Honoring Veterans while following CDC guidelines may be different than other years. Here are some suggestions for ways to celebrate veterans. MilitaryBenefits.info has compiled a list of in person and virtual events happening to honor veterans. Recognize and listen to veterans. With permission, help to share their story. Support veterans families to thank them for their commitment through a social distant get together, gifts, or recognition. Volunteering for veterans service organizations also supports service members and their families. There is no shortage of positive organizations making a difference in their lives. If you are a veteran or active duty member, here are discounts and deals compiled by Military.com.

We, at Cold FAid, want to thank all veteran and active duty members for their service. Your bravery has continued to support freedoms and liberties in the United States. We are grateful to you for your sacrifices and dedication to our country.  

Safely Celebrating the Holidays

Safely Celebrating the Holidays

With witches, warlocks, and bats running amuck, the number of Coronavirus cases and hospitalization rates are increasing as well. This New York Times article states ‘Coronavirus fatigue’, universities, and events as a major source for transmission. While aspects may look different than last year, continuing to celebrate Halloween and Dia de Los Muertos is important.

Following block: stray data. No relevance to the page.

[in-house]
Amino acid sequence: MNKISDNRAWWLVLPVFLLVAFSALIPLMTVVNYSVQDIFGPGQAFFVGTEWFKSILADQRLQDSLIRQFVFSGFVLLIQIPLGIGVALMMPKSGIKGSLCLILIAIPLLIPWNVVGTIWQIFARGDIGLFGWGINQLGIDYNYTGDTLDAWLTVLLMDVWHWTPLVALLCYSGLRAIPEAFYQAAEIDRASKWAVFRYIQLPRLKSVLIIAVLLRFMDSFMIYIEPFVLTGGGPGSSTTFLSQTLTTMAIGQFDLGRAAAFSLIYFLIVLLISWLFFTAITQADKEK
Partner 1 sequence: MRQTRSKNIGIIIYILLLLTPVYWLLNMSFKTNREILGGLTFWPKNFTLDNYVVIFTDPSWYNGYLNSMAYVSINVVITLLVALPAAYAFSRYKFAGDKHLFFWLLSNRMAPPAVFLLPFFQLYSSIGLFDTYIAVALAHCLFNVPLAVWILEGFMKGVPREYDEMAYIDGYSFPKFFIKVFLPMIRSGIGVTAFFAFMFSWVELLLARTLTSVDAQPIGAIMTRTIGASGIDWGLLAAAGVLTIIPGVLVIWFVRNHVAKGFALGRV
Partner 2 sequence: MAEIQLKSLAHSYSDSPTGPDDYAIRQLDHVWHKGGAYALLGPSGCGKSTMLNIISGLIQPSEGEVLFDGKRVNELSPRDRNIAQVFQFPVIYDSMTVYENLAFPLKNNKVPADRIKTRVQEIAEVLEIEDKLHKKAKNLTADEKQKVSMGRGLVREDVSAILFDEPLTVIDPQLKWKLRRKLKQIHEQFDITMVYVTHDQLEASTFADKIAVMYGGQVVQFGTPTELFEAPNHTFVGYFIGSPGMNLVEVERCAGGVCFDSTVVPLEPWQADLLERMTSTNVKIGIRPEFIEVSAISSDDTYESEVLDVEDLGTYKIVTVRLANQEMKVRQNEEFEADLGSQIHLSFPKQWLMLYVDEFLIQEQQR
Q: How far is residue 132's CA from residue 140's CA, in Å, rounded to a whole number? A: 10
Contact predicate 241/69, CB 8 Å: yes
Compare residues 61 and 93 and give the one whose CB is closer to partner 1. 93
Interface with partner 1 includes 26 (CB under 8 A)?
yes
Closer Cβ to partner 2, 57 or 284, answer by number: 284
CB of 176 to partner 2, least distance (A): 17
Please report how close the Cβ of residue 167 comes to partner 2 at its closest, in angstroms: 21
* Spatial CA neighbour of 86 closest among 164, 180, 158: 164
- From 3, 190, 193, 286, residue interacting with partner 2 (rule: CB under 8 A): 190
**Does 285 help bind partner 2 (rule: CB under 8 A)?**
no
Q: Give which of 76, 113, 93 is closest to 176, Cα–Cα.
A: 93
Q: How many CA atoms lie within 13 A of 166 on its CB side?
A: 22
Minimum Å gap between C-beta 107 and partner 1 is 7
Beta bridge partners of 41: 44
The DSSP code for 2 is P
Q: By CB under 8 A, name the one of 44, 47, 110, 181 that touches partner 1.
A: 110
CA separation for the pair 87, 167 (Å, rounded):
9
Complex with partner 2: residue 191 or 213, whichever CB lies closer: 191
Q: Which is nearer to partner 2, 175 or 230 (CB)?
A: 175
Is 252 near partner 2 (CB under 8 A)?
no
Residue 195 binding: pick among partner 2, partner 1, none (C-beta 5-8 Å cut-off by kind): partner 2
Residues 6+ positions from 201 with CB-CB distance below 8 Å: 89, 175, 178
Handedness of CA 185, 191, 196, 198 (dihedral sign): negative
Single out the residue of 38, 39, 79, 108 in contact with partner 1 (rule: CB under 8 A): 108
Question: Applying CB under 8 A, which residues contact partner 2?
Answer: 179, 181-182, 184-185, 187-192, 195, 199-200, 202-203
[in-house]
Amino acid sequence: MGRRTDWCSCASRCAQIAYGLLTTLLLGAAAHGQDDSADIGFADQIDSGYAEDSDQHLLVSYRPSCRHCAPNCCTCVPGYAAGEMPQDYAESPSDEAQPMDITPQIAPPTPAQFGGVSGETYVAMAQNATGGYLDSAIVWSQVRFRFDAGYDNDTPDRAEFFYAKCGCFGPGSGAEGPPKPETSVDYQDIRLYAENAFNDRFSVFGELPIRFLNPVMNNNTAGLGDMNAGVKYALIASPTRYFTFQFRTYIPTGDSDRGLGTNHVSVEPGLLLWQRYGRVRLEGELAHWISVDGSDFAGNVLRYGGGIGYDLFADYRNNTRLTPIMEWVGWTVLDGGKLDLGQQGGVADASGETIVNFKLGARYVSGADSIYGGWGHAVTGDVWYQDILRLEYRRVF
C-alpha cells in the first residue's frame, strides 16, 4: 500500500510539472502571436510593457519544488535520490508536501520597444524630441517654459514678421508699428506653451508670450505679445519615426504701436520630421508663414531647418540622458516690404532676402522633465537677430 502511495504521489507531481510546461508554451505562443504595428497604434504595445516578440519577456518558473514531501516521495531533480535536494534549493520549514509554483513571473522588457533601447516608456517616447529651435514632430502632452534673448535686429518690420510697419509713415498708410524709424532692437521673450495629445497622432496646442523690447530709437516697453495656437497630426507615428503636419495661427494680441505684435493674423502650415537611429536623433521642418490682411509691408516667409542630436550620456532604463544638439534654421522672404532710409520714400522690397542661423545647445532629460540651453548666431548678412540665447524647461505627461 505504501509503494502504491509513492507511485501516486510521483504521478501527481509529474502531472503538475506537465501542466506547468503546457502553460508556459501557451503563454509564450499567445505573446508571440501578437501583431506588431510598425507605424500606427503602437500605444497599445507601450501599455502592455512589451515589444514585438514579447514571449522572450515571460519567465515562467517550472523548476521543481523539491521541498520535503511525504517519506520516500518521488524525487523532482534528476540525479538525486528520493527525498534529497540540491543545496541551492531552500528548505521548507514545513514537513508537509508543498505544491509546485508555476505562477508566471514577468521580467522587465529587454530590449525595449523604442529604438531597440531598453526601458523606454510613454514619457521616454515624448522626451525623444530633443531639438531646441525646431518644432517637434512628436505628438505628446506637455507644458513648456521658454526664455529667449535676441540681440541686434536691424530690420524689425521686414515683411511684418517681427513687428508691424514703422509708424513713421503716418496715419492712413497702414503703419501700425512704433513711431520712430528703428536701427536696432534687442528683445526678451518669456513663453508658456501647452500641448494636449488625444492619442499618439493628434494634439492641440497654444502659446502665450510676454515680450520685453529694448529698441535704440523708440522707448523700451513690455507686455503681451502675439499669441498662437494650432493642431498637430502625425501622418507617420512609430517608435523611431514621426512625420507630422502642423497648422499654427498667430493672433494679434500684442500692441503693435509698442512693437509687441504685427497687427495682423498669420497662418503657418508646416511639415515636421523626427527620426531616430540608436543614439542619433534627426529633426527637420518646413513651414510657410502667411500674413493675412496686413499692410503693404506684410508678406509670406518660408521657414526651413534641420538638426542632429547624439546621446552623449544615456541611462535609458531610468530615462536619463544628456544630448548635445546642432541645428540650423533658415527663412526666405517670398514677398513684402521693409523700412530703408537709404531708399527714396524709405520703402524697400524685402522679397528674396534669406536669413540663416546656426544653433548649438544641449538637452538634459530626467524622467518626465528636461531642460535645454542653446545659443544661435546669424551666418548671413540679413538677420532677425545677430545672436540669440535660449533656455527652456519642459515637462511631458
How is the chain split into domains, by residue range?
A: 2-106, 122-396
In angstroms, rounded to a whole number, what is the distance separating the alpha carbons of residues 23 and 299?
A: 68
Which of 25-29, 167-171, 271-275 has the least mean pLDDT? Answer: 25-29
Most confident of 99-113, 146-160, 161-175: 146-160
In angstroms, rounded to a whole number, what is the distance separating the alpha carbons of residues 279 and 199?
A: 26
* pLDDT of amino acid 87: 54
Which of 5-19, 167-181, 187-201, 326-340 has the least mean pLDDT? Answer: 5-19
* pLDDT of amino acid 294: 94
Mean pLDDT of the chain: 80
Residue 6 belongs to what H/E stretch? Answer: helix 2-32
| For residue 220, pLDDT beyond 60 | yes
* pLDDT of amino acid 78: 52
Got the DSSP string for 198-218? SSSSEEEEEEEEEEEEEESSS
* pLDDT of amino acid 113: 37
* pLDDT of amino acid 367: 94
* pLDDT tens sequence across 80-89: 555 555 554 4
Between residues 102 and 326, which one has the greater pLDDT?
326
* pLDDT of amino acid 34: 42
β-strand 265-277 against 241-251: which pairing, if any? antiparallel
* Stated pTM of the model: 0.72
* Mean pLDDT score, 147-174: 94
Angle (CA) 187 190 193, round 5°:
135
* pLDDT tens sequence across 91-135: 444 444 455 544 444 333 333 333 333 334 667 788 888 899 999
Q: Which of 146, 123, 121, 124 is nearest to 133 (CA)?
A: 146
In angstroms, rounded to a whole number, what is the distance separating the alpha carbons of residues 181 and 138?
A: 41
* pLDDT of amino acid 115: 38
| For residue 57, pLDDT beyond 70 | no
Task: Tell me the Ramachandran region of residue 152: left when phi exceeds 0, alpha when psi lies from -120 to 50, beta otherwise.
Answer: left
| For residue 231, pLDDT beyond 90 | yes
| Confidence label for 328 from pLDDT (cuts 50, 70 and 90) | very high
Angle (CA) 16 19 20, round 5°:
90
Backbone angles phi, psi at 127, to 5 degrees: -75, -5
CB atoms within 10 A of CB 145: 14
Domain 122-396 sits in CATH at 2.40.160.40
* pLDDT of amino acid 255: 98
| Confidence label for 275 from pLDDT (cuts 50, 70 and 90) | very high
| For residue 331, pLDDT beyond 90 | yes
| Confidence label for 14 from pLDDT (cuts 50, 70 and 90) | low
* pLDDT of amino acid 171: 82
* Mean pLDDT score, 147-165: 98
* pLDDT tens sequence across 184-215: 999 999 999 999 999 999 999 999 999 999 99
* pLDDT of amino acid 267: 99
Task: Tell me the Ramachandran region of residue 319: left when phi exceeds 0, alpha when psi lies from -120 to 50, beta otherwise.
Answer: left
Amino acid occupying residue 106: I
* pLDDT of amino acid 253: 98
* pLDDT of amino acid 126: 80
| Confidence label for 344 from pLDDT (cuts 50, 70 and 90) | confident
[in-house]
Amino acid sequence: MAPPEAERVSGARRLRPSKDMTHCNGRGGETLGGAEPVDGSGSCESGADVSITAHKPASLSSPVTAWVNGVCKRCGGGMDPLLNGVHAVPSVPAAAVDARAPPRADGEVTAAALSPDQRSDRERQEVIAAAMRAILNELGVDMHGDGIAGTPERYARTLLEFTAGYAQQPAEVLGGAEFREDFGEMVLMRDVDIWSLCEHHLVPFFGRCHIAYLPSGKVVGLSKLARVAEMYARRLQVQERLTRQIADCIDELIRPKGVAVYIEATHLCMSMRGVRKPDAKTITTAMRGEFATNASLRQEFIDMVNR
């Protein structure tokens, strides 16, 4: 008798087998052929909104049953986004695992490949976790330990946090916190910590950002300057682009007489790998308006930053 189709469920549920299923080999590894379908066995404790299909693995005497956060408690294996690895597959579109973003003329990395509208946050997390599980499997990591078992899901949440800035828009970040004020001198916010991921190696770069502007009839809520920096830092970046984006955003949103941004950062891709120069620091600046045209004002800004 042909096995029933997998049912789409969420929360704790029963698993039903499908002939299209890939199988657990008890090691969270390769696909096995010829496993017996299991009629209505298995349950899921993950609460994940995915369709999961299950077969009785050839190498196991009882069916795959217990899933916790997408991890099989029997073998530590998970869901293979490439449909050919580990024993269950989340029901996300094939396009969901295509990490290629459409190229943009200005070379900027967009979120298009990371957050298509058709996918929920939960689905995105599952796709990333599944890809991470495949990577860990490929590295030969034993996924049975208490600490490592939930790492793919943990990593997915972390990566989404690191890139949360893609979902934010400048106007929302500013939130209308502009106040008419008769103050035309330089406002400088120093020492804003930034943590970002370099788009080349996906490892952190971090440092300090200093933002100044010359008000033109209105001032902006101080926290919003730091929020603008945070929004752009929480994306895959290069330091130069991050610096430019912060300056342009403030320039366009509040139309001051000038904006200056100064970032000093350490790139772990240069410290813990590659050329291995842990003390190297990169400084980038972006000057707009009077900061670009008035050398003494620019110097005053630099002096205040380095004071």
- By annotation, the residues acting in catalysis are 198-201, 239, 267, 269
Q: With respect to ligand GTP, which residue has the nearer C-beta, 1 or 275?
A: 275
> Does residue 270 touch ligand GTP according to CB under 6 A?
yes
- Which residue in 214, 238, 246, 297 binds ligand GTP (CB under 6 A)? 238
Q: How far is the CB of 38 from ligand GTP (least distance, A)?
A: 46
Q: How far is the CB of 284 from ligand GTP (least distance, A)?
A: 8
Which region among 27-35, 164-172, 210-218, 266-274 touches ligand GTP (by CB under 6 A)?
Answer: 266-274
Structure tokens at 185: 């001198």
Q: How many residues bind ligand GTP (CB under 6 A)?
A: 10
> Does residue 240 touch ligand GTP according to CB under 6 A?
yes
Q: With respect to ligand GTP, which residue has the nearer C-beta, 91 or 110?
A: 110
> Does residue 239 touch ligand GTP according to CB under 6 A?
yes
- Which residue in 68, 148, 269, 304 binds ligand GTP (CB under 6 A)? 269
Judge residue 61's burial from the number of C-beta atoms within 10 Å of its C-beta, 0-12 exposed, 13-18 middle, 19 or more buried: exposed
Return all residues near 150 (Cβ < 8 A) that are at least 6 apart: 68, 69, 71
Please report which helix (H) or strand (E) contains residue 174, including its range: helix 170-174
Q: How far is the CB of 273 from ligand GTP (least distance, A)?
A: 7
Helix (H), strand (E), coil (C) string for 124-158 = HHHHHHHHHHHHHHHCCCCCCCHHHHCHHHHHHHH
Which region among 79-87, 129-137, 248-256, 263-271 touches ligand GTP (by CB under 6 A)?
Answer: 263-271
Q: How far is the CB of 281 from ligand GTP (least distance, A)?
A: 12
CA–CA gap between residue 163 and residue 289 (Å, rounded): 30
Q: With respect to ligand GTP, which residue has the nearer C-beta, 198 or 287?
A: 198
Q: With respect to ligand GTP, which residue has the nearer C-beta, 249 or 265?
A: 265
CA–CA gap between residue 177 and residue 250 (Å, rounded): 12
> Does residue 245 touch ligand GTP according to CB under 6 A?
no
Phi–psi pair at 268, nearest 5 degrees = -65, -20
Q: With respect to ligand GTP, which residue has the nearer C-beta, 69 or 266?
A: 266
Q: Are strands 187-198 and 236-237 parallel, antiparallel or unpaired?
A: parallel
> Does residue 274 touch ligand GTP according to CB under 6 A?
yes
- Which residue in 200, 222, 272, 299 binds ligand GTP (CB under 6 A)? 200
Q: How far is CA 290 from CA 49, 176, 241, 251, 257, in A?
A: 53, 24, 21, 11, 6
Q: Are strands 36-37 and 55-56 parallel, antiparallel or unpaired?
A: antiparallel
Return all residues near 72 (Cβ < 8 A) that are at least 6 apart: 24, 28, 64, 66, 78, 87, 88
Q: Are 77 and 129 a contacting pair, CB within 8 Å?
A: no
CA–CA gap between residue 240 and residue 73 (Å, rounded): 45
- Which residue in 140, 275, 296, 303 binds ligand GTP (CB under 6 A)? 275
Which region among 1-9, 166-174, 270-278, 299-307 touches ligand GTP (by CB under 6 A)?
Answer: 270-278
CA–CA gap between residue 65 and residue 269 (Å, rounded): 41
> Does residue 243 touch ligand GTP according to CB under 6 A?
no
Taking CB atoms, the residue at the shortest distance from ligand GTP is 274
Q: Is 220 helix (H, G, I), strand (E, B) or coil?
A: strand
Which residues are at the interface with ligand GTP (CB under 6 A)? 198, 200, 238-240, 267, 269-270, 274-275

The CDC Holiday guidance outlines low, medium and high risk activities. Trick or treating is deemed a high risk, especially in areas of high ongoing community spread. The NY Times discusses the major concern with trick or treating is face to face contact. Good Housekeeping advises leaving candy in a bowl outside or individually wrapped bags. Suggestions include recommending children wear gloves, a mask, and have quick access to hand sanitizer. If one is trick or treating, make sure to stay in your same neighborhood and only travel with a small group. While trick or treating falls under high risk, there are many other fun filled tasks that would continue the Halloween festivities. The CDC recommends carving pumpkins, decorating your living space, Halloween-themed scavenger hunts, movie nights, and virtual costume contests. This article from Good Housekeeping offers other ideas for a socially distant Halloween celebration. 

Dia de los Muertos, or day of the dead, is a holiday in which respects are paid by the living to the dead. The CDC recommends having celebrations with your household, decorating altars and masks, and making traditional recipes for others. Virtual celebrations are also recommended. Outdoor gatherings and visiting graves of loved ones offer a moderate risk. If hosting an outdoor gathering, check out this resource from the CDC with precautions to keep others safe. High risk activities include having large, indoor celebrations. 

While holidays provide something to look forward to, make sure to continue to stay alert and proactive to limit the spread of coronavirus in your community. Here, at Cold FAid, we wish you a happy and healthy Halloween and Dia de los Muertos!